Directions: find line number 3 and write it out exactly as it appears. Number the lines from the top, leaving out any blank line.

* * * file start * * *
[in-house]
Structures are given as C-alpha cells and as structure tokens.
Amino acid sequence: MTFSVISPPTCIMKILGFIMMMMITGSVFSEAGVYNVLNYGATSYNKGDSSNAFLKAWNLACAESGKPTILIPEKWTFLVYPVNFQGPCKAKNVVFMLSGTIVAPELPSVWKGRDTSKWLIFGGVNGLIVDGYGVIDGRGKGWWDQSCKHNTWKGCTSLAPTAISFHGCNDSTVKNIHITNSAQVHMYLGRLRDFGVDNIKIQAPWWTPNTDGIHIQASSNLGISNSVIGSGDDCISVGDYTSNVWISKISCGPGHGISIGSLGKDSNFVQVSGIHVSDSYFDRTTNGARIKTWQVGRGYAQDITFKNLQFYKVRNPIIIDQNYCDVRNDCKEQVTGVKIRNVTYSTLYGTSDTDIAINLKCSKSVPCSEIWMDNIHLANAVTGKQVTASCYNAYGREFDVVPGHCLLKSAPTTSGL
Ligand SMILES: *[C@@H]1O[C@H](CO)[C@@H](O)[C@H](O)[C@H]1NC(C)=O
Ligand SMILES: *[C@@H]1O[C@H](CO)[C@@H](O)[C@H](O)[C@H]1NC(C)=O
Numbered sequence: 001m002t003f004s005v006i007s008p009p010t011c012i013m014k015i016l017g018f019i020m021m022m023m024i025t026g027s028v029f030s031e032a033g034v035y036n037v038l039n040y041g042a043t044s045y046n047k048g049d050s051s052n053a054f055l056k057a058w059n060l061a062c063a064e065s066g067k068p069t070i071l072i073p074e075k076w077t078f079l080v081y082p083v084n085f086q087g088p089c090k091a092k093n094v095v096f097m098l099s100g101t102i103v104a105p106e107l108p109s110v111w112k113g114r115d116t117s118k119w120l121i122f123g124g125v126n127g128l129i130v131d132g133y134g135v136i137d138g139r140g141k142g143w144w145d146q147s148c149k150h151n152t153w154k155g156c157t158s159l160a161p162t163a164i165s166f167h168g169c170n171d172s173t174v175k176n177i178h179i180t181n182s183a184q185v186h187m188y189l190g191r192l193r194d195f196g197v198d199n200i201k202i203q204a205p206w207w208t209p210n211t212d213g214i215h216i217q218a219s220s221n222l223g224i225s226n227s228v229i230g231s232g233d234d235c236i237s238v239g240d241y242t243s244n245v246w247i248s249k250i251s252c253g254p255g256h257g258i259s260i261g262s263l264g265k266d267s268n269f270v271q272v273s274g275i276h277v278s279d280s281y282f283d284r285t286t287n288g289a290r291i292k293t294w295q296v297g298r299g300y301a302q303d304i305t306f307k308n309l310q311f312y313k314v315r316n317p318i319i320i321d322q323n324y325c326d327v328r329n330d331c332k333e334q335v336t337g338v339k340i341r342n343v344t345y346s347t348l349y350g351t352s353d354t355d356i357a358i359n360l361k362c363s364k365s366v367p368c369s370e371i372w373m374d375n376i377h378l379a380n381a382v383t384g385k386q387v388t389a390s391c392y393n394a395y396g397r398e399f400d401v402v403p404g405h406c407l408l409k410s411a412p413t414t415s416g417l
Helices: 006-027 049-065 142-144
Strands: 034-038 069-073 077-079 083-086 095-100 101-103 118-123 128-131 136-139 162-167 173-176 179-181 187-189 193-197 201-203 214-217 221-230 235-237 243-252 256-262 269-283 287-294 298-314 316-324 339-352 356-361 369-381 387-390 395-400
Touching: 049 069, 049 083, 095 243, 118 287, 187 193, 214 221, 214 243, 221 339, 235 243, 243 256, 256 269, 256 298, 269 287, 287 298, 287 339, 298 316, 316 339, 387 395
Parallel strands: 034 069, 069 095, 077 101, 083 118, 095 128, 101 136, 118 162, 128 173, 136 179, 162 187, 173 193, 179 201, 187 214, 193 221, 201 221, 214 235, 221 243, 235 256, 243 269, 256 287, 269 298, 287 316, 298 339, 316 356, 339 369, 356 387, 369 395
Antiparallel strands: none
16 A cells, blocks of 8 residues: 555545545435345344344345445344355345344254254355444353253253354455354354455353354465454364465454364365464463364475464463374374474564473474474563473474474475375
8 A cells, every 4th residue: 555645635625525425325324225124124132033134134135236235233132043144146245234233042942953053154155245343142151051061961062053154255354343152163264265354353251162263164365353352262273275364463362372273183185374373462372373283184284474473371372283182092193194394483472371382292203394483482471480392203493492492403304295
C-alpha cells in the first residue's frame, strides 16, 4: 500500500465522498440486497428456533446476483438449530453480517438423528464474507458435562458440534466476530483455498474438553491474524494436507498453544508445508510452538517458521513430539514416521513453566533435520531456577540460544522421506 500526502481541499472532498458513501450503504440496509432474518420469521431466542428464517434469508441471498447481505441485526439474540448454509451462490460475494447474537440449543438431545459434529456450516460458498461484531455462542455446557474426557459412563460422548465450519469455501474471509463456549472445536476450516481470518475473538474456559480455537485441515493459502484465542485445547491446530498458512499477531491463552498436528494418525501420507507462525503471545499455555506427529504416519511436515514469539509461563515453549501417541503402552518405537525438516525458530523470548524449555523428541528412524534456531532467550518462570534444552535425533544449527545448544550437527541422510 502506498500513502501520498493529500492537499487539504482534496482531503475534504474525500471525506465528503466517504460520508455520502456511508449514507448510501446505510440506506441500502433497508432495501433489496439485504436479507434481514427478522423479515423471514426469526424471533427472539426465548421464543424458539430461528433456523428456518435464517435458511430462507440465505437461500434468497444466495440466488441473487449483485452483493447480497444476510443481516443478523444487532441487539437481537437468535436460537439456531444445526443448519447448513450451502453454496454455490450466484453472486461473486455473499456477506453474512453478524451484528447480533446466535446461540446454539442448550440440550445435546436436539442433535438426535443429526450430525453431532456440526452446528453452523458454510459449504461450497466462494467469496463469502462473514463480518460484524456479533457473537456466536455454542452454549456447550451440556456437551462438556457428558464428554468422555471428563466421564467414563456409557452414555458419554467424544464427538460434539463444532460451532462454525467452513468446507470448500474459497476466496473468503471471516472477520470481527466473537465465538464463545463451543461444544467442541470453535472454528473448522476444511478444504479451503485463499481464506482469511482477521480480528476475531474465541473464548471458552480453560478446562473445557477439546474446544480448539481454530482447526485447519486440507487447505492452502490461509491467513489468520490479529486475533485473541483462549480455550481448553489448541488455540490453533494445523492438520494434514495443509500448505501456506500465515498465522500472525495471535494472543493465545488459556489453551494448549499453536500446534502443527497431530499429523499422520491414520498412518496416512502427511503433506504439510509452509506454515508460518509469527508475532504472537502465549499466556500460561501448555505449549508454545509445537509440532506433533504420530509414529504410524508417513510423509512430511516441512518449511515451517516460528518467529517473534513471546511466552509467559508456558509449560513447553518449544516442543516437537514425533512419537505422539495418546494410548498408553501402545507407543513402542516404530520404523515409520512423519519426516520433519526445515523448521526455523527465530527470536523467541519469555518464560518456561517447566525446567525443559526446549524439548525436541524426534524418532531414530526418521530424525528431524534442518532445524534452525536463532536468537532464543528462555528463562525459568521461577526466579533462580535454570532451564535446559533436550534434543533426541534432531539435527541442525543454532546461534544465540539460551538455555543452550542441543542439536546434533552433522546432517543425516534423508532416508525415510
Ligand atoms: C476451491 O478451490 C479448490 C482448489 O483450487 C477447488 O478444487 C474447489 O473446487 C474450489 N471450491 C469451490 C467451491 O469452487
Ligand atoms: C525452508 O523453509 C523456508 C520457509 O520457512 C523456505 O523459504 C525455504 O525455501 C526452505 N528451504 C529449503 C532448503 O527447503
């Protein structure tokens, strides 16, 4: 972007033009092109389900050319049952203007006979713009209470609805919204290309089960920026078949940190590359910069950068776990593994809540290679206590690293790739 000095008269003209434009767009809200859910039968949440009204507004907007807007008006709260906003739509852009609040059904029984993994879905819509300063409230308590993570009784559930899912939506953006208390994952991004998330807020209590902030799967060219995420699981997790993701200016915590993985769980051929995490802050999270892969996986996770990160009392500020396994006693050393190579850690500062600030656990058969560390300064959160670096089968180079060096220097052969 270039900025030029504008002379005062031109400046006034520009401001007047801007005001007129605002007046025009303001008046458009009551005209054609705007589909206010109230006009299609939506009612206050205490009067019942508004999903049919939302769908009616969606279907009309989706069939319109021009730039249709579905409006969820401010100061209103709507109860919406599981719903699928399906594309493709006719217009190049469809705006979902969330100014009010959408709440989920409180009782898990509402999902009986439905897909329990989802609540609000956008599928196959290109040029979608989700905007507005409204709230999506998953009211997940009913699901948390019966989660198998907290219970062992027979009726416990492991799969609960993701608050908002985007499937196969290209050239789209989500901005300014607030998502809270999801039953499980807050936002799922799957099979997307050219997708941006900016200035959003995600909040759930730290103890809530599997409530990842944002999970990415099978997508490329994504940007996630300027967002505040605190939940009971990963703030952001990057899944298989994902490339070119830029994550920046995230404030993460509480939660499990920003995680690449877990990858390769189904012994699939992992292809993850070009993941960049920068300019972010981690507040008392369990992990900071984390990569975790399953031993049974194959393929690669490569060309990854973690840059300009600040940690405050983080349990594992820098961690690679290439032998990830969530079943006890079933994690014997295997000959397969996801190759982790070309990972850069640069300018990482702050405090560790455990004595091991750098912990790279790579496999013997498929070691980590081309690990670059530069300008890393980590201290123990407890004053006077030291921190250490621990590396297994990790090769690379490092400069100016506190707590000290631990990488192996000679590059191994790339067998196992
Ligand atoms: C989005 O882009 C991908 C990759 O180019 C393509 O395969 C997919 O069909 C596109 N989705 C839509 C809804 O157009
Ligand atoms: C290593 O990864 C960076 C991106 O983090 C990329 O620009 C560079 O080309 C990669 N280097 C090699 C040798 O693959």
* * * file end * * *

Amino acid sequence: MTFSVISPPTCIMKILGFIMMMMITGSVFSEAGVYNVLNYGATSYNKGDSSNAFLKAWNLACAESGKPTILIPEKWTFLVYPVNFQGPCKAKNVVFMLSGTIVAPELPSVWKGRDTSKWLIFGGVNGLIVDGYGVIDGRGKGWWDQSCKHNTWKGCTSLAPTAISFHGCNDSTVKNIHITNSAQVHMYLGRLRDFGVDNIKIQAPWWTPNTDGIHIQASSNLGISNSVIGSGDDCISVGDYTSNVWISKISCGPGHGISIGSLGKDSNFVQVSGIHVSDSYFDRTTNGARIKTWQVGRGYAQDITFKNLQFYKVRNPIIIDQNYCDVRNDCKEQVTGVKIRNVTYSTLYGTSDTDIAINLKCSKSVPCSEIWMDNIHLANAVTGKQVTASCYNAYGREFDVVPGHCLLKSAPTTSGL